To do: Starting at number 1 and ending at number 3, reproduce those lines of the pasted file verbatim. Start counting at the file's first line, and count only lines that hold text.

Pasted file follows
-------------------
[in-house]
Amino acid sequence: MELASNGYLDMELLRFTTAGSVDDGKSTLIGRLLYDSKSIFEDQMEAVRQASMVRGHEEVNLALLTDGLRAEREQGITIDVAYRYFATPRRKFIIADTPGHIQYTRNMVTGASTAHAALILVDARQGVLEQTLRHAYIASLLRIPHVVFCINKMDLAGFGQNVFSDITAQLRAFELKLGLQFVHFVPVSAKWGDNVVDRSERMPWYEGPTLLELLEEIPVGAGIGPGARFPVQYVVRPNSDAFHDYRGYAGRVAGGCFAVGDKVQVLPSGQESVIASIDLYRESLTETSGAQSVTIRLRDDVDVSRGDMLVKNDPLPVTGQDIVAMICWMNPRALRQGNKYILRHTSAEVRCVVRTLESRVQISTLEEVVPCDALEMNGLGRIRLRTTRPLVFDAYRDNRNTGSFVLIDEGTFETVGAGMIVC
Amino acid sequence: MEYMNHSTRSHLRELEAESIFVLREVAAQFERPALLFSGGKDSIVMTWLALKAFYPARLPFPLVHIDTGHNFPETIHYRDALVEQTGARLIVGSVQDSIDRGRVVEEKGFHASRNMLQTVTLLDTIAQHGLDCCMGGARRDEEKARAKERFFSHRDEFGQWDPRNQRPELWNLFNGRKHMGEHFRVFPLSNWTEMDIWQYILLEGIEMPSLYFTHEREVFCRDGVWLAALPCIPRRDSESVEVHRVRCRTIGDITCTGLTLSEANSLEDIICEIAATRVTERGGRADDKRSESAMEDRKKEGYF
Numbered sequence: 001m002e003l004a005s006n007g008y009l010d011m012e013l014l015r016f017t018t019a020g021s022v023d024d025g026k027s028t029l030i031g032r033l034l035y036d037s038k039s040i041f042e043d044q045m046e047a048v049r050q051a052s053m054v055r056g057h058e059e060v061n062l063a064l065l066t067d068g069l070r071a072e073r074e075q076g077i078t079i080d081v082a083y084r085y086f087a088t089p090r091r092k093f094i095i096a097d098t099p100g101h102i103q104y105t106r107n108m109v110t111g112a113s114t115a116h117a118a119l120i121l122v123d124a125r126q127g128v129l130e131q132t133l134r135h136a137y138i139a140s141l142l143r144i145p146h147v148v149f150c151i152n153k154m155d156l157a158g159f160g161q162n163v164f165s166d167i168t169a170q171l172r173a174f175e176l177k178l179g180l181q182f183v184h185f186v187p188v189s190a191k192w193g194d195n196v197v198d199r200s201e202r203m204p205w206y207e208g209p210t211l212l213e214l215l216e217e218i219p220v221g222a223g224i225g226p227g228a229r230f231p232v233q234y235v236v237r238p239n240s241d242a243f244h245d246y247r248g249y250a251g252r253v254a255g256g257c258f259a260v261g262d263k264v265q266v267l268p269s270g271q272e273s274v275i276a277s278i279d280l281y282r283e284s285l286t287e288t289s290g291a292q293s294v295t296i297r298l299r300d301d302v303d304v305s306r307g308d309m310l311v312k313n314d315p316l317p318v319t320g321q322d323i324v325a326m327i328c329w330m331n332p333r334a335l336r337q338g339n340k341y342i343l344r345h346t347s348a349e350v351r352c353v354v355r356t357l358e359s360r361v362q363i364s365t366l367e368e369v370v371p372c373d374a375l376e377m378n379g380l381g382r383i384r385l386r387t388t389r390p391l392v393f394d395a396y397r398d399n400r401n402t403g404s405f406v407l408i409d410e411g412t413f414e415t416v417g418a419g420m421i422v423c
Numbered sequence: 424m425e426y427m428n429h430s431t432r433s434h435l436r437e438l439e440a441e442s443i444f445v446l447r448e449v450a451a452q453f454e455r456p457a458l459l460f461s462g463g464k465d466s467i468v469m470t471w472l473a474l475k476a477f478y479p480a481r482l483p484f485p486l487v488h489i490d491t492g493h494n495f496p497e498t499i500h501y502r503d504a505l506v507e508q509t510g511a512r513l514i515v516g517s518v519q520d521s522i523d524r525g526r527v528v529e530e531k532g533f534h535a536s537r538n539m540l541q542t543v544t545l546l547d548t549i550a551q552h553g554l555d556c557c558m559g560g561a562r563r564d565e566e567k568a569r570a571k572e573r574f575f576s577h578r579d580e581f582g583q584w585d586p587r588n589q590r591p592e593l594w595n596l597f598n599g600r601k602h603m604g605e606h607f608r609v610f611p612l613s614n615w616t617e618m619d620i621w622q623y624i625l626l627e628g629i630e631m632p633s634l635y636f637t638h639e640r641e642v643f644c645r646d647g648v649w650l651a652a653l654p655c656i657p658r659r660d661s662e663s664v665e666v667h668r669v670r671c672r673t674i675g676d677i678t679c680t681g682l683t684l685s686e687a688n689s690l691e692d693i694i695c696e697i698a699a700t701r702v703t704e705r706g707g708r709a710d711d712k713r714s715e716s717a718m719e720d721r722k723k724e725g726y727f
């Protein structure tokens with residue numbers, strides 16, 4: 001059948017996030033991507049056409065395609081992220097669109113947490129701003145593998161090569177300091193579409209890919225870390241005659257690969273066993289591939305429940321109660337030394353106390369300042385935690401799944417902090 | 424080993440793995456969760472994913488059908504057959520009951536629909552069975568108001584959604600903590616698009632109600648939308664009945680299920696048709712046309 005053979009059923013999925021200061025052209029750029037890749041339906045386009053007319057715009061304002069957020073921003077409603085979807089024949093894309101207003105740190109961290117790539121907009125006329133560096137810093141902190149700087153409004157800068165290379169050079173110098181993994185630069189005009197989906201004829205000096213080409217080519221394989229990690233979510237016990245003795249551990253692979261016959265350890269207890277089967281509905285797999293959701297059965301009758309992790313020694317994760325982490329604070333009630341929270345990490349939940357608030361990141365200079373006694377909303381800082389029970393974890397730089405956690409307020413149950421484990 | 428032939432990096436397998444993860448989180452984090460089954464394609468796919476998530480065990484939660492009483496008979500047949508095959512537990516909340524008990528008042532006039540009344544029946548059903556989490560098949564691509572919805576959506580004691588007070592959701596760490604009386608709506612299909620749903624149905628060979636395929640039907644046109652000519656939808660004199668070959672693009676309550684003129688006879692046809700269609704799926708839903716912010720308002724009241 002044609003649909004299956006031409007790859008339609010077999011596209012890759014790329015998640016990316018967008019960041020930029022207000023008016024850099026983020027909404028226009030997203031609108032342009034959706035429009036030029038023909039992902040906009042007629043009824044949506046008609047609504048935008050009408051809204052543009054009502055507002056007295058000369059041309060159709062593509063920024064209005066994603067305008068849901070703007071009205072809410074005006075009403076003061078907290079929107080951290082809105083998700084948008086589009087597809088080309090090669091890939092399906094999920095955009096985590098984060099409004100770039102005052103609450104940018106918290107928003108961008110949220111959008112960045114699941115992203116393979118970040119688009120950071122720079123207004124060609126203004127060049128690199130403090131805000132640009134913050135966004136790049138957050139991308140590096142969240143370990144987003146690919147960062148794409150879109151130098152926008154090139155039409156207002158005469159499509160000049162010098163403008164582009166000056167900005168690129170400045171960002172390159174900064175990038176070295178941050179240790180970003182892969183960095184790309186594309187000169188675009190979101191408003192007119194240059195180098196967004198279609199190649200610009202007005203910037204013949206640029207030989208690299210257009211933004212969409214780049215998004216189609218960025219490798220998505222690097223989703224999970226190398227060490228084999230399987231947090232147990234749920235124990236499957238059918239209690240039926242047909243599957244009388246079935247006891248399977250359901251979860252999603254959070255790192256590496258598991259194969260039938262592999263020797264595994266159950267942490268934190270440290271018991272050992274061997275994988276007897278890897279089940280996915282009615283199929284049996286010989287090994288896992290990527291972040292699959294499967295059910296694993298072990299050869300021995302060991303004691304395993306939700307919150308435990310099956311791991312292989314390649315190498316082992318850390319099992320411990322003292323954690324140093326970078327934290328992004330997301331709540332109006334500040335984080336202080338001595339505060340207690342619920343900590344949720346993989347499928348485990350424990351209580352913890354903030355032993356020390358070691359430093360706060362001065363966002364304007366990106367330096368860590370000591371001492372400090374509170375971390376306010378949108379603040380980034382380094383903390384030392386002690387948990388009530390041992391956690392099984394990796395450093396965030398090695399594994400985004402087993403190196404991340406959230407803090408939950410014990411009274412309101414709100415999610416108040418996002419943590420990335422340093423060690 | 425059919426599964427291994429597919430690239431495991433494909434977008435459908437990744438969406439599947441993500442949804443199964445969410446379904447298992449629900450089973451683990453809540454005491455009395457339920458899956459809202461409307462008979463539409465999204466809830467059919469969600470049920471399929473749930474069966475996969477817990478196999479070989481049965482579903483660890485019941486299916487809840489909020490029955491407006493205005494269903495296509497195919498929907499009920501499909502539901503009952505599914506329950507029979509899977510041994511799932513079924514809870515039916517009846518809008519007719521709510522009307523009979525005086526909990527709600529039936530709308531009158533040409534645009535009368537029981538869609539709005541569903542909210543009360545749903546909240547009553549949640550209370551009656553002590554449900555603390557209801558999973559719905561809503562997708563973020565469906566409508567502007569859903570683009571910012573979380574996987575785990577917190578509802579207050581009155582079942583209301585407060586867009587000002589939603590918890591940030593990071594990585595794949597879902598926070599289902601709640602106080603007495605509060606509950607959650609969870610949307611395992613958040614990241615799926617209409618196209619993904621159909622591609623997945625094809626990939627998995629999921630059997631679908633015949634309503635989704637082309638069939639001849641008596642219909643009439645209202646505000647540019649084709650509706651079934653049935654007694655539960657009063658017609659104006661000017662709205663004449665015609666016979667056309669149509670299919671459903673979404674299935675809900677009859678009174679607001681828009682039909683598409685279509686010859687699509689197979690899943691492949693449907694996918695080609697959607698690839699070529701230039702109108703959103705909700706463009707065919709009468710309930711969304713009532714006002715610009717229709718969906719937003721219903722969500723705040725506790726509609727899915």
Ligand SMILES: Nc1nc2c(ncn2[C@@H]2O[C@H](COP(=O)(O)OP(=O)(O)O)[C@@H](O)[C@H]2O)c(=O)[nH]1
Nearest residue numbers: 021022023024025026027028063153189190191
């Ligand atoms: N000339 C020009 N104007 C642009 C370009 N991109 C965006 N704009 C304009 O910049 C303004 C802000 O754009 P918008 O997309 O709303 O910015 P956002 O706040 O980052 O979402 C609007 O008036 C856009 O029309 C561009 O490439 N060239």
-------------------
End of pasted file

[in-house]
Amino acid sequence: MELASNGYLDMELLRFTTAGSVDDGKSTLIGRLLYDSKSIFEDQMEAVRQASMVRGHEEVNLALLTDGLRAEREQGITIDVAYRYFATPRRKFIIADTPGHIQYTRNMVTGASTAHAALILVDARQGVLEQTLRHAYIASLLRIPHVVFCINKMDLAGFGQNVFSDITAQLRAFELKLGLQFVHFVPVSAKWGDNVVDRSERMPWYEGPTLLELLEEIPVGAGIGPGARFPVQYVVRPNSDAFHDYRGYAGRVAGGCFAVGDKVQVLPSGQESVIASIDLYRESLTETSGAQSVTIRLRDDVDVSRGDMLVKNDPLPVTGQDIVAMICWMNPRALRQGNKYILRHTSAEVRCVVRTLESRVQISTLEEVVPCDALEMNGLGRIRLRTTRPLVFDAYRDNRNTGSFVLIDEGTFETVGAGMIVC
Amino acid sequence: MEYMNHSTRSHLRELEAESIFVLREVAAQFERPALLFSGGKDSIVMTWLALKAFYPARLPFPLVHIDTGHNFPETIHYRDALVEQTGARLIVGSVQDSIDRGRVVEEKGFHASRNMLQTVTLLDTIAQHGLDCCMGGARRDEEKARAKERFFSHRDEFGQWDPRNQRPELWNLFNGRKHMGEHFRVFPLSNWTEMDIWQYILLEGIEMPSLYFTHEREVFCRDGVWLAALPCIPRRDSESVEVHRVRCRTIGDITCTGLTLSEANSLEDIICEIAATRVTERGGRADDKRSESAMEDRKKEGYF